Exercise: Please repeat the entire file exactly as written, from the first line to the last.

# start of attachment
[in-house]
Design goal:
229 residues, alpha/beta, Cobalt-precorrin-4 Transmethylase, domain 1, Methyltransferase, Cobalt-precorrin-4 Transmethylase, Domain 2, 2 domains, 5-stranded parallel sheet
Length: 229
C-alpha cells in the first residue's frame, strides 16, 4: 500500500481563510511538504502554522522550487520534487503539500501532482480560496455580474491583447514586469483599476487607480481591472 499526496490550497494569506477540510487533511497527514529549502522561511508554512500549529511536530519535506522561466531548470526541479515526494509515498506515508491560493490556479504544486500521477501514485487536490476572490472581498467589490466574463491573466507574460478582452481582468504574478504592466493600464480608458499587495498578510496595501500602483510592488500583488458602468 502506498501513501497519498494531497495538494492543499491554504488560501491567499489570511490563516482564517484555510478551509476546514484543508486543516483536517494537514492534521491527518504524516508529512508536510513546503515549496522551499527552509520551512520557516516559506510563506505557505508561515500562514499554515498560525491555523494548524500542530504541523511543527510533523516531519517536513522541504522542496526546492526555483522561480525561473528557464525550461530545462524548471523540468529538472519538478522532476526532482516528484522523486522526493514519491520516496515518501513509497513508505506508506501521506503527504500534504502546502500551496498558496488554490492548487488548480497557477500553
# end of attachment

[in-house]
Design goal:
229 residues, alpha/beta, Cobalt-precorrin-4 Transmethylase, domain 1, Methyltransferase, Cobalt-precorrin-4 Transmethylase, Domain 2, 2 domains, 5-stranded parallel sheet
Length: 229
C-alpha cells in the first residue's frame, strides 16, 4: 500500500481563510511538504502554522522550487520534487503539500501532482480560496455580474491583447514586469483599476487607480481591472 499526496490550497494569506477540510487533511497527514529549502522561511508554512500549529511536530519535506522561466531548470526541479515526494509515498506515508491560493490556479504544486500521477501514485487536490476572490472581498467589490466574463491573466507574460478582452481582468504574478504592466493600464480608458499587495498578510496595501500602483510592488500583488458602468 502506498501513501497519498494531497495538494492543499491554504488560501491567499489570511490563516482564517484555510478551509476546514484543508486543516483536517494537514492534521491527518504524516508529512508536510513546503515549496522551499527552509520551512520557516516559506510563506505557505508561515500562514499554515498560525491555523494548524500542530504541523511543527510533523516531519517536513522541504522542496526546492526555483522561480525561473528557464525550461530545462524548471523540468529538472519538478522532476526532482516528484522523486522526493514519491520516496515518501513509497513508505506508506501521506503527504500534504502546502500551496498558496488554490492548487488548480497557477500553